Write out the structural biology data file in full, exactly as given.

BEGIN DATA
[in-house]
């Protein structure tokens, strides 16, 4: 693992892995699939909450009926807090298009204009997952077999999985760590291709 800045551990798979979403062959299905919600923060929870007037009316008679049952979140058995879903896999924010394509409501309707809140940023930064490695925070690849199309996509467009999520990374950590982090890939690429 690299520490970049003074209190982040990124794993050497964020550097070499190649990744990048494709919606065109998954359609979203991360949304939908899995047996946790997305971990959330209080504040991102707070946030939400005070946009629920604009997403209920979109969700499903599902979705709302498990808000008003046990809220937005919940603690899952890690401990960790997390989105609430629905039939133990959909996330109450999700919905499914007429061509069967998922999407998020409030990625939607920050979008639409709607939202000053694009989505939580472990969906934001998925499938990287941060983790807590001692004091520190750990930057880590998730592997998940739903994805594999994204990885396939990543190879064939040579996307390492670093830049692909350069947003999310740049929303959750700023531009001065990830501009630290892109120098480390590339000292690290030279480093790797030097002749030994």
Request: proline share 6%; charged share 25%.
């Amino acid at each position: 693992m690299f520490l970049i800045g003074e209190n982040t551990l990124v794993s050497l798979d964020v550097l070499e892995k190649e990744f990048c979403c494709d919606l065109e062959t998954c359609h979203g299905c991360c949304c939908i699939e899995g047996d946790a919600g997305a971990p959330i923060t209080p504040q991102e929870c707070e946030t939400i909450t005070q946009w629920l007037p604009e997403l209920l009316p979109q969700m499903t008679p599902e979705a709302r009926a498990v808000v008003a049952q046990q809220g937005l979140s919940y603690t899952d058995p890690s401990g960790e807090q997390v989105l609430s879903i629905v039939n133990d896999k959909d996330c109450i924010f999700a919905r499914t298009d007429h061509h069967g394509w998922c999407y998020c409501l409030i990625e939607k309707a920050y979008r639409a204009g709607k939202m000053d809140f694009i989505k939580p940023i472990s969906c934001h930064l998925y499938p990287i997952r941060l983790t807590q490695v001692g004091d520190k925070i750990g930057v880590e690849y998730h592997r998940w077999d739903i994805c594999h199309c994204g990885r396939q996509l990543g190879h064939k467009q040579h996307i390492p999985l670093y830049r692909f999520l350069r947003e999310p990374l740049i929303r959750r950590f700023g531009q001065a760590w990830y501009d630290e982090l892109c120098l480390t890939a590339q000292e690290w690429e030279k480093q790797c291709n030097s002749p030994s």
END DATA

[in-house]
């Protein structure tokens, strides 16, 4: 693992892995699939909450009926807090298009204009997952077999999985760590291709 800045551990798979979403062959299905919600923060929870007037009316008679049952979140058995879903896999924010394509409501309707809140940023930064490695925070690849199309996509467009999520990374950590982090890939690429 690299520490970049003074209190982040990124794993050497964020550097070499190649990744990048494709919606065109998954359609979203991360949304939908899995047996946790997305971990959330209080504040991102707070946030939400005070946009629920604009997403209920979109969700499903599902979705709302498990808000008003046990809220937005919940603690899952890690401990960790997390989105609430629905039939133990959909996330109450999700919905499914007429061509069967998922999407998020409030990625939607920050979008639409709607939202000053694009989505939580472990969906934001998925499938990287941060983790807590001692004091520190750990930057880590998730592997998940739903994805594999994204990885396939990543190879064939040579996307390492670093830049692909350069947003999310740049929303959750700023531009001065990830501009630290892109120098480390590339000292690290030279480093790797030097002749030994």
Request: proline share 6%; charged share 25%.
């Amino acid at each position: 693992m690299f520490l970049i800045g003074e209190n982040t551990l990124v794993s050497l798979d964020v550097l070499e892995k190649e990744f990048c979403c494709d919606l065109e062959t998954c359609h979203g299905c991360c949304c939908i699939e899995g047996d946790a919600g997305a971990p959330i923060t209080p504040q991102e929870c707070e946030t939400i909450t005070q946009w629920l007037p604009e997403l209920l009316p979109q969700m499903t008679p599902e979705a709302r009926a498990v808000v008003a049952q046990q809220g937005l979140s919940y603690t899952d058995p890690s401990g960790e807090q997390v989105l609430s879903i629905v039939n133990d896999k959909d996330c109450i924010f999700a919905r499914t298009d007429h061509h069967g394509w998922c999407y998020c409501l409030i990625e939607k309707a920050y979008r639409a204009g709607k939202m000053d809140f694009i989505k939580p940023i472990s969906c934001h930064l998925y499938p990287i997952r941060l983790t807590q490695v001692g004091d520190k925070i750990g930057v880590e690849y998730h592997r998940w077999d739903i994805c594999h199309c994204g990885r396939q996509l990543g190879h064939k467009q040579h996307i390492p999985l670093y830049r692909f999520l350069r947003e999310p990374l740049i929303r959750r950590f700023g531009q001065a760590w990830y501009d630290e982090l892109c120098l480390t890939a590339q000292e690290w690429e030279k480093q790797c291709n030097s002749p030994s």